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I have the honour to speak on behalf of the European Union and its Member States.
The Candidate Countries the former Yugoslav Republic of Macedonia*, Montenegro*, Serbia* and Albania*, the country of the Stabilisation and Association Process and potential candidate Bosnia and Herzegovina, as well as Ukraine, the Republic of Moldova and Georgia, align themselves with this statement.
We continue to attach great importance to the efficient functioning of the system of administration of justice at the United Nations. We consider its success instrumental for securing a positive work environment and for achieving the organisation’s core goals and objectives. With that purpose in mind, we underline the fact that Resolution 61/261 has called for an independent, transparent, professionalised, adequately resourced and decentralised system, that operates in a manner consistent with the relevant rules of international law and the principles of the rule of law and due process to ensure respect for the rights and obligations of staff members and the accountability of managers and staff members alike..
We take note with appreciation of the two recent reports by the Secretary-General on the administration of justice at the United Nations (A/72/204) and on the activities of the Office of the United Nations Ombudsman and Mediation Services (A/72/138), as well as of the report by the Internal Justice Council (A/72/210).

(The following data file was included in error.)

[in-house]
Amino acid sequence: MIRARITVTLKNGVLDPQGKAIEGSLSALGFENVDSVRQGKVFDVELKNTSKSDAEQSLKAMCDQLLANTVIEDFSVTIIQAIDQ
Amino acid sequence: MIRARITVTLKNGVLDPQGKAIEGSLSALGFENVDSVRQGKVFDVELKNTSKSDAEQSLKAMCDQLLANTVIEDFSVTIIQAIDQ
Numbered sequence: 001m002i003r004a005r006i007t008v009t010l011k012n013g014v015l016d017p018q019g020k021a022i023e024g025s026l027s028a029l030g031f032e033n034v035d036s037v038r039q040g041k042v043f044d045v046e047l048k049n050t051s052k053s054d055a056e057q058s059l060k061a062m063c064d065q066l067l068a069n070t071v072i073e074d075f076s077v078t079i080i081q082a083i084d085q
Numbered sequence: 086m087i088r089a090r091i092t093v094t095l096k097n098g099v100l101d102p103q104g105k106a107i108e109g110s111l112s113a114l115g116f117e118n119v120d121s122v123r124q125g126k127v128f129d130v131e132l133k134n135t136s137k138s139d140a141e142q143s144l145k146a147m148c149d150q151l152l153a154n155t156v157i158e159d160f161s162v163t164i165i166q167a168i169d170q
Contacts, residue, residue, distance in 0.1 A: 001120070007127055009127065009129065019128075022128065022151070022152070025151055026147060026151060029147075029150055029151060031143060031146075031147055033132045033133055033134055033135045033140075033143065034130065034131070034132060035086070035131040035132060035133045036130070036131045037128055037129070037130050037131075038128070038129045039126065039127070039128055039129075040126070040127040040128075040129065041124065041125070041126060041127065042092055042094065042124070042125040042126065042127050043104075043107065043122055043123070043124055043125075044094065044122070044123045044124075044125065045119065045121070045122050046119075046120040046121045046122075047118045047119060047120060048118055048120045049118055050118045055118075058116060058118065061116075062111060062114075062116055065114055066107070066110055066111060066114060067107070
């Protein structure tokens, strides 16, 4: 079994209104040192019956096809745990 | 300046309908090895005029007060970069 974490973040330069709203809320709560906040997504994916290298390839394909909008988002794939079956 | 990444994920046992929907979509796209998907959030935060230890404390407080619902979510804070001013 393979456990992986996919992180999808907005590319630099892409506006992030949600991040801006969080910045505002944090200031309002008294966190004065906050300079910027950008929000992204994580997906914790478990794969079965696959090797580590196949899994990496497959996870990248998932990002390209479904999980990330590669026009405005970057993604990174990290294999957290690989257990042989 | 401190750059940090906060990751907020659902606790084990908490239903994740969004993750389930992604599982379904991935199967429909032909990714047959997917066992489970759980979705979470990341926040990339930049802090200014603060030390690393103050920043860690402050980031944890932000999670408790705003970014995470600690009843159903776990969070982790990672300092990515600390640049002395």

We consider that the informal resolution of disputes is one of the most crucial elements of the system of administration of justice, helping to provide dispute resolutions through more flexible and faster means of facilitation, problem-solving, shuttle diplomacy, mediation and conflict coaching, and to avoid time-consuming and stressful litigation processes. It is an efficient and effective tool for both staff and managers participating in the process. We welcome the activities of the Office of the United Nations Ombudsman and Mediation Services in this regard and support its efforts in promoting informal conflict resolution, in particular by facilitating access to and raising awareness among the staff of, this informal system of justice.
It is concerning that, as found in a survey conducted by the Office in 2016 and covering 38 Secretariat offices, departments and missions, 60% of the staff who took part had experienced a workplace conflict in the preceding three months and a similar proportion of respondents felt levels of stress above what they considered “acceptable”. We welcome the fact that the Office has expanded its strategic use of data and multilingual surveys and questionnaires as tools for receiving feedback and spotting trends and patterns. Information gathered, in particular from surveys and questionnaires, helps identifying systemic issues, determining appropriate ways to address them and providing necessary feedback to the management. We also underline the usefulness of organising thematic informational sessions and workshops, skills-building initiatives and individual coaching, in order to promote informal conflict resolution and develop conflict competence.